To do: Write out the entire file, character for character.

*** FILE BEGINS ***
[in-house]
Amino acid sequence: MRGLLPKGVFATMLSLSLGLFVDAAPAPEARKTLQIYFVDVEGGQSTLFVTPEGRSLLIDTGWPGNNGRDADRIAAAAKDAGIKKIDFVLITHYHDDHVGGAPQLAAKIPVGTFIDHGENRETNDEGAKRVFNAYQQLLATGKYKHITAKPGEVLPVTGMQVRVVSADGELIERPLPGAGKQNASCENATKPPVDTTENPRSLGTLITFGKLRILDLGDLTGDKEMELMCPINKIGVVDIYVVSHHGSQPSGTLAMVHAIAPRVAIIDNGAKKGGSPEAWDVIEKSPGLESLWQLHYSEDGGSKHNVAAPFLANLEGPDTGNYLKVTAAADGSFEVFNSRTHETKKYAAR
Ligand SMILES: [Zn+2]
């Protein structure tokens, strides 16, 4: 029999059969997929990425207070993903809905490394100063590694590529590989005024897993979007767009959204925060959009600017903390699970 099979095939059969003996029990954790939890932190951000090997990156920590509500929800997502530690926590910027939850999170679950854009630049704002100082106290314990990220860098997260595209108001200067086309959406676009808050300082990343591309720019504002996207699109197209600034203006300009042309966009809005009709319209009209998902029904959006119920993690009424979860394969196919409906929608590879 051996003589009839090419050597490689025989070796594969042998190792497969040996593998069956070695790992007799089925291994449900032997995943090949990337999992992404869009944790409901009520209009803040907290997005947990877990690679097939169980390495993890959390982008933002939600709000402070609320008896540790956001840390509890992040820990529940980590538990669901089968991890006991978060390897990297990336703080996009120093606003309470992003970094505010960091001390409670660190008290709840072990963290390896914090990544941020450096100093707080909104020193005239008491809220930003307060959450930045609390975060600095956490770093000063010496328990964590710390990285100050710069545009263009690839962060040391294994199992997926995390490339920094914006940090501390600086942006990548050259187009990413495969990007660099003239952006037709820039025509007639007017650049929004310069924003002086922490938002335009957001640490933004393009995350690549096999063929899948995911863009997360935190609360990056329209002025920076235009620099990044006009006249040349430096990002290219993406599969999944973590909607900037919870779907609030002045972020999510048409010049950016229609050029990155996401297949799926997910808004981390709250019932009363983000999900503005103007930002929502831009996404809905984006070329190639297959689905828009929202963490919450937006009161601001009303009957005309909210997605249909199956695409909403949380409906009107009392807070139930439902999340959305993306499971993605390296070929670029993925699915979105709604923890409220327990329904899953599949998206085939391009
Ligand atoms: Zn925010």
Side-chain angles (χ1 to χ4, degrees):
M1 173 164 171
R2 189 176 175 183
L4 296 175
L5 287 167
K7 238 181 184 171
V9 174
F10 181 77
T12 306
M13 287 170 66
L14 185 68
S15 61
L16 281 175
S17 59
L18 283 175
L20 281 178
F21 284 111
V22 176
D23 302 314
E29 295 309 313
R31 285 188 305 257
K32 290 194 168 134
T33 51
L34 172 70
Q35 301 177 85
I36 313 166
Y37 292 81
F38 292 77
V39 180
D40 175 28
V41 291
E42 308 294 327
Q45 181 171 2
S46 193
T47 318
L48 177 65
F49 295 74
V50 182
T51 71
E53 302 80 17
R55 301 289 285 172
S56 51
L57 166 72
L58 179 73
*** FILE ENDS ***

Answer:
[in-house]
Amino acid sequence: MRGLLPKGVFATMLSLSLGLFVDAAPAPEARKTLQIYFVDVEGGQSTLFVTPEGRSLLIDTGWPGNNGRDADRIAAAAKDAGIKKIDFVLITHYHDDHVGGAPQLAAKIPVGTFIDHGENRETNDEGAKRVFNAYQQLLATGKYKHITAKPGEVLPVTGMQVRVVSADGELIERPLPGAGKQNASCENATKPPVDTTENPRSLGTLITFGKLRILDLGDLTGDKEMELMCPINKIGVVDIYVVSHHGSQPSGTLAMVHAIAPRVAIIDNGAKKGGSPEAWDVIEKSPGLESLWQLHYSEDGGSKHNVAAPFLANLEGPDTGNYLKVTAAADGSFEVFNSRTHETKKYAAR
Ligand SMILES: [Zn+2]
């Protein structure tokens, strides 16, 4: 029999059969997929990425207070993903809905490394100063590694590529590989005024897993979007767009959204925060959009600017903390699970 099979095939059969003996029990954790939890932190951000090997990156920590509500929800997502530690926590910027939850999170679950854009630049704002100082106290314990990220860098997260595209108001200067086309959406676009808050300082990343591309720019504002996207699109197209600034203006300009042309966009809005009709319209009209998902029904959006119920993690009424979860394969196919409906929608590879 051996003589009839090419050597490689025989070796594969042998190792497969040996593998069956070695790992007799089925291994449900032997995943090949990337999992992404869009944790409901009520209009803040907290997005947990877990690679097939169980390495993890959390982008933002939600709000402070609320008896540790956001840390509890992040820990529940980590538990669901089968991890006991978060390897990297990336703080996009120093606003309470992003970094505010960091001390409670660190008290709840072990963290390896914090990544941020450096100093707080909104020193005239008491809220930003307060959450930045609390975060600095956490770093000063010496328990964590710390990285100050710069545009263009690839962060040391294994199992997926995390490339920094914006940090501390600086942006990548050259187009990413495969990007660099003239952006037709820039025509007639007017650049929004310069924003002086922490938002335009957001640490933004393009995350690549096999063929899948995911863009997360935190609360990056329209002025920076235009620099990044006009006249040349430096990002290219993406599969999944973590909607900037919870779907609030002045972020999510048409010049950016229609050029990155996401297949799926997910808004981390709250019932009363983000999900503005103007930002929502831009996404809905984006070329190639297959689905828009929202963490919450937006009161601001009303009957005309909210997605249909199956695409909403949380409906009107009392807070139930439902999340959305993306499971993605390296070929670029993925699915979105709604923890409220327990329904899953599949998206085939391009
Ligand atoms: Zn925010």
Side-chain angles (χ1 to χ4, degrees):
M1 173 164 171
R2 189 176 175 183
L4 296 175
L5 287 167
K7 238 181 184 171
V9 174
F10 181 77
T12 306
M13 287 170 66
L14 185 68
S15 61
L16 281 175
S17 59
L18 283 175
L20 281 178
F21 284 111
V22 176
D23 302 314
E29 295 309 313
R31 285 188 305 257
K32 290 194 168 134
T33 51
L34 172 70
Q35 301 177 85
I36 313 166
Y37 292 81
F38 292 77
V39 180
D40 175 28
V41 291
E42 308 294 327
Q45 181 171 2
S46 193
T47 318
L48 177 65
F49 295 74
V50 182
T51 71
E53 302 80 17
R55 301 289 285 172
S56 51
L57 166 72
L58 179 73